Title: Is the BOC set to hike interest rates?

Sub-title: After keeping its key rate near zero for more than a year, the central bank looks ready to tighten.

 

In recent weeks, housing sector stakeholders have been wondering if the Bank of Canada will hike its policy interest rate on its next announcement date, scheduled for June 1rst. Canadian economic data, including retail sales, job creation and housing sector activity have all been strong, indicating that an economic recovery is in progress. However if the central bank keeps interest rates too low, too long, inflation may rear its ugly head. As a result, the Bank of Canada is widely expected to act either this month or the next.

 

In either case, a hike in its policy rate would represent a major policy shift. To reassure financial markets following the financial and economic crises, during the fall of 2007, Canada’s central bank quickly cut its key lending rate from near 5.0 percent, to just  0.25%. The Bank of Canada’s policy rate has a major influence on borrowing costs, which in turn affect almost all key economic sectors. As a result, by keeping rates low, Canada’s central bank almost certainly kept the country out of a major economic slowdown.

 

Now the Bank of Canada has to worry about fulfilling the second part of its mandate, which is to make sure that rising goods and services prices don’t get out of hand. During March, core inflation rose to 1.9 percent, close to the middle of its 1% to 3% target range. To ensure that things don’t get out of hand, in April, the central bank signaled that low rates would not last forever, by abandoning its commitment to keep its policy rate near zero, though it did not specify, when or how it would act.  

 

Increased pressure

Increases in the Bank of Canada’s policy interest rate will almost certainly put pressure on Canada’s ever-hot housing market, says Hélène Bégin, an economist at Desjardins Group. Buyers are already reeling under the pressure of mortgage rates, which, have climbed noticeably higher since their mid-March lows, and tighter federal government rules for those who want to obtain mortgage insurance.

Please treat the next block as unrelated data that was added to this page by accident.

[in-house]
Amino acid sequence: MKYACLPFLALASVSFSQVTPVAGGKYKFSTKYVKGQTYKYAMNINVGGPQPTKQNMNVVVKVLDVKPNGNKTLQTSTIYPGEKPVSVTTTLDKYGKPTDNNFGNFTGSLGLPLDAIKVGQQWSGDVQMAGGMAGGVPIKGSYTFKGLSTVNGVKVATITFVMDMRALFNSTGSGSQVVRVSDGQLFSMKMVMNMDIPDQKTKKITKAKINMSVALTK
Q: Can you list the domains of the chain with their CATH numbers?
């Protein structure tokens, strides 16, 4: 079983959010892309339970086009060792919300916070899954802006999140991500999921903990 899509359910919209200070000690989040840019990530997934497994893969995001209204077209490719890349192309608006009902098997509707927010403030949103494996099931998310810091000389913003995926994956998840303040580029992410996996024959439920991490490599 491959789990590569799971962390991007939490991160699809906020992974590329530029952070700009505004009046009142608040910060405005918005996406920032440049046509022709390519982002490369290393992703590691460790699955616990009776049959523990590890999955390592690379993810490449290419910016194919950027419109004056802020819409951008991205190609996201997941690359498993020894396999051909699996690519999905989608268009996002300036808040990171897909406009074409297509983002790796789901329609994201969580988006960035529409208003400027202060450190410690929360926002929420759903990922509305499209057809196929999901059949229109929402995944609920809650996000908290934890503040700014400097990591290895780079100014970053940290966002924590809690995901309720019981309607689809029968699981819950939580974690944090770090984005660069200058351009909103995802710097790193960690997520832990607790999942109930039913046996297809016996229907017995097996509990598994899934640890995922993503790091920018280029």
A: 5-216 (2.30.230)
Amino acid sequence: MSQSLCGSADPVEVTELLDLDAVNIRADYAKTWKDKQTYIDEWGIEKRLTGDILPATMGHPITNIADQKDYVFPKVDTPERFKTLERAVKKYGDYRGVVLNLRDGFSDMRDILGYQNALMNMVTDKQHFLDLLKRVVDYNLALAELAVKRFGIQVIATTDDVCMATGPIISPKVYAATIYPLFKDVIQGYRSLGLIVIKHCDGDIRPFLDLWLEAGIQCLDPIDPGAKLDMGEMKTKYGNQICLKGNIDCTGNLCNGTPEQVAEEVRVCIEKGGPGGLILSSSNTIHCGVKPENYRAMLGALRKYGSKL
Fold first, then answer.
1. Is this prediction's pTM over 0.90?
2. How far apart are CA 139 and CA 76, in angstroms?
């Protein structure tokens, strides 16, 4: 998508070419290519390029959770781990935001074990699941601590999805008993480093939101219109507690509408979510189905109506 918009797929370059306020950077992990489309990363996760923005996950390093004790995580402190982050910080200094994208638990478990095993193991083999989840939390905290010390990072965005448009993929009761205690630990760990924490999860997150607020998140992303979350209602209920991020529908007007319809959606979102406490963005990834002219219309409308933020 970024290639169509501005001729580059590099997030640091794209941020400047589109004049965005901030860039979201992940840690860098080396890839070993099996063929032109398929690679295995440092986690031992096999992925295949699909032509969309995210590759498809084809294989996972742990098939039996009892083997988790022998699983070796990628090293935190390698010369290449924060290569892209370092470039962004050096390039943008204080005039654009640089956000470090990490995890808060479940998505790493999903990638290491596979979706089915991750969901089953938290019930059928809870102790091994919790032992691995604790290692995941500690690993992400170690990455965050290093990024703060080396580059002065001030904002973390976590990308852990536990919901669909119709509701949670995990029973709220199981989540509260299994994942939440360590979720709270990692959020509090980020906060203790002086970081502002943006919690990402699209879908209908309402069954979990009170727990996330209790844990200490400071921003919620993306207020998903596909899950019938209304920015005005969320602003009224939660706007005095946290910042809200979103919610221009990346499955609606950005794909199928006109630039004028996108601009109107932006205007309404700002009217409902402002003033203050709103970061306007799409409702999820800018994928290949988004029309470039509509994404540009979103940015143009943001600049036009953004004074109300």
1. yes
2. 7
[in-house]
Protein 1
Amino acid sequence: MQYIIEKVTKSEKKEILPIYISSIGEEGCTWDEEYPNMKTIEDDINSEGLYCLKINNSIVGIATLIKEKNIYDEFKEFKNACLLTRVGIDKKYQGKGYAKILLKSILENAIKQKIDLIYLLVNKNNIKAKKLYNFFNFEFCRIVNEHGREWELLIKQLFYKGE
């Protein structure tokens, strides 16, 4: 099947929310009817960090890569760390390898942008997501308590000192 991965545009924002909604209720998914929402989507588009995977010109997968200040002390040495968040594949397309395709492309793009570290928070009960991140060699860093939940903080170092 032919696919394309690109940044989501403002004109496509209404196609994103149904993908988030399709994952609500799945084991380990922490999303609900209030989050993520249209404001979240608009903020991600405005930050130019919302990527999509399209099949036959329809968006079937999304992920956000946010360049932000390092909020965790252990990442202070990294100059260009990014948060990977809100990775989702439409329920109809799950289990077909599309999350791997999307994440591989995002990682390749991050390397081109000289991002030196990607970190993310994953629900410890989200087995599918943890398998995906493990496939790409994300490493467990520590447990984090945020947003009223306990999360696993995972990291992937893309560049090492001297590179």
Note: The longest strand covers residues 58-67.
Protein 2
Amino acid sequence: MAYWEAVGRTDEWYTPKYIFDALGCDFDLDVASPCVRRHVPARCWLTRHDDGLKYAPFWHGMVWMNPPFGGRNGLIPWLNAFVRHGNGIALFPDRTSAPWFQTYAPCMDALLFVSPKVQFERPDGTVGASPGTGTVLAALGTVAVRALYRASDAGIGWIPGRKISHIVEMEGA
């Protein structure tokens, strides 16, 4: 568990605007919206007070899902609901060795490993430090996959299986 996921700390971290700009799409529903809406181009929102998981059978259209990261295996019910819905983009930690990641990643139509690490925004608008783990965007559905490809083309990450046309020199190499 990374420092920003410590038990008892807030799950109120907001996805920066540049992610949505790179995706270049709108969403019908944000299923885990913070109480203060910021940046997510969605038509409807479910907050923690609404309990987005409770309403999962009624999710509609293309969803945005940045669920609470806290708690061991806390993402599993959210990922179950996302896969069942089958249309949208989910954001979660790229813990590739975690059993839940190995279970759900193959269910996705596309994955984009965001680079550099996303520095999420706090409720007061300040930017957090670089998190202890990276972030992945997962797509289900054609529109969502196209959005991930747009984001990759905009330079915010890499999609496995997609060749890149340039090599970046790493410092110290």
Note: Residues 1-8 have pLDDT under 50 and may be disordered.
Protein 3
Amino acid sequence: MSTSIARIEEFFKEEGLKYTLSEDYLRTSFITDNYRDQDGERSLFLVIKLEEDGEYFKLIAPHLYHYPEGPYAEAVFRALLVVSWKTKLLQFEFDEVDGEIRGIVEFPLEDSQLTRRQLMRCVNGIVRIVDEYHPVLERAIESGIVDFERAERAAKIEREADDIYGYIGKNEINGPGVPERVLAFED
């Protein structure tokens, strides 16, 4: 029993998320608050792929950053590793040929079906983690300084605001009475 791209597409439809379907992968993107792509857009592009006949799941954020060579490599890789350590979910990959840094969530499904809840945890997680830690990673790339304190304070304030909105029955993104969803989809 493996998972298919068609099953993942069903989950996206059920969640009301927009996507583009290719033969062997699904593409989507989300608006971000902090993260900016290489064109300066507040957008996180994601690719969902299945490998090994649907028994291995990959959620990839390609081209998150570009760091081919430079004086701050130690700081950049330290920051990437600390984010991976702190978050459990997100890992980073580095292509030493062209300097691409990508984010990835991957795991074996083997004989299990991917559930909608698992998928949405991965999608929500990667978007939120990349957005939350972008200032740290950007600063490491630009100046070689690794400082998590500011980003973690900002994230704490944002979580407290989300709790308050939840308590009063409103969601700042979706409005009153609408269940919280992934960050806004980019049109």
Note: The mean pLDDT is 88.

“The substantial upswing by bond markets early in the year, pushed up financial institutions’ costs of funds,” explains Bégin. “As a result, the honeymoon seems to be over.” During the past week, both Desjardins Group and RBC Economic Research released reports that showed housing affordability has already started to fall throughout the country, with the notable exception of Alberta.

 

In fact rising mortgage costs are already starting to put a damper on things. Although the Canada Mortgage Housing Corporation reports that housing starts on a seasonally adjusted basis rose to 201,700 units during April, up from 199,200 units in March, this pace is unlikely to continue. The federal mortgage insurance agency expects that starts will slow to 182,000 units for the year as a whole, and to 179,600 units next year, levels that are more in line with longer term Canadian demographic growth and economic fundamentals. Canadian Real Estate Association data also show signs of slowness. Existing home sales, while still strong, have leveled off from previous peaks, and inventories of unsold homes are building up.

 

What’s happening in the US and Europe

That said, in today’s interconnected global economy, the Bank of Canada’s interest rate policy decisions are no longer solely based on what happens here. A huge chunk of Canadian exports, investments and jobs are heavily dependent on what is happening in the United States, and Europe. According to Sébastien Lavoie, an economist with Laurentian Bank Securities, not much of the news there is good, though he believes that a rate hike is nevertheless inevitable.

 

Although the United States has apparently returned to economic recovery and recent consumer confidence numbers have been strong, core data has been anything but. Job creation numbers have been week, salary growth has been non-existent, and credit continues to be exceedingly tight, all of which are stifling demand.

 

Europe for its part appears to be locked in a credit crisis fueled by fears that many of its member debtor nations will not be able to meet their obligations as they become due. “Domestic considerations overall are vigorous enough to push the Bank of Canada to increase its policy rate by 50 basis points on June 1rst,” wrote Lavoie, in a recent note to the bank’s clients. “That said with tensions in Europe, a 25 basis point hike is more likely.”

 

Bégin too believes that tighter money is in the cards. In fact Desjardins Group’s internal projections show that five-year closed posted mortgage rates at the major banks, which are currently just under 6.00% could rise to 7.85 percent by 2014.

 

If that is true, then it will be a long time before consumers will be able to borrow as cheaply as they can today.

 

 

Peter Diekmeyer (peter@peterdiekmeyer.com) is a Montreal-based freelance business writer.

 

 

 

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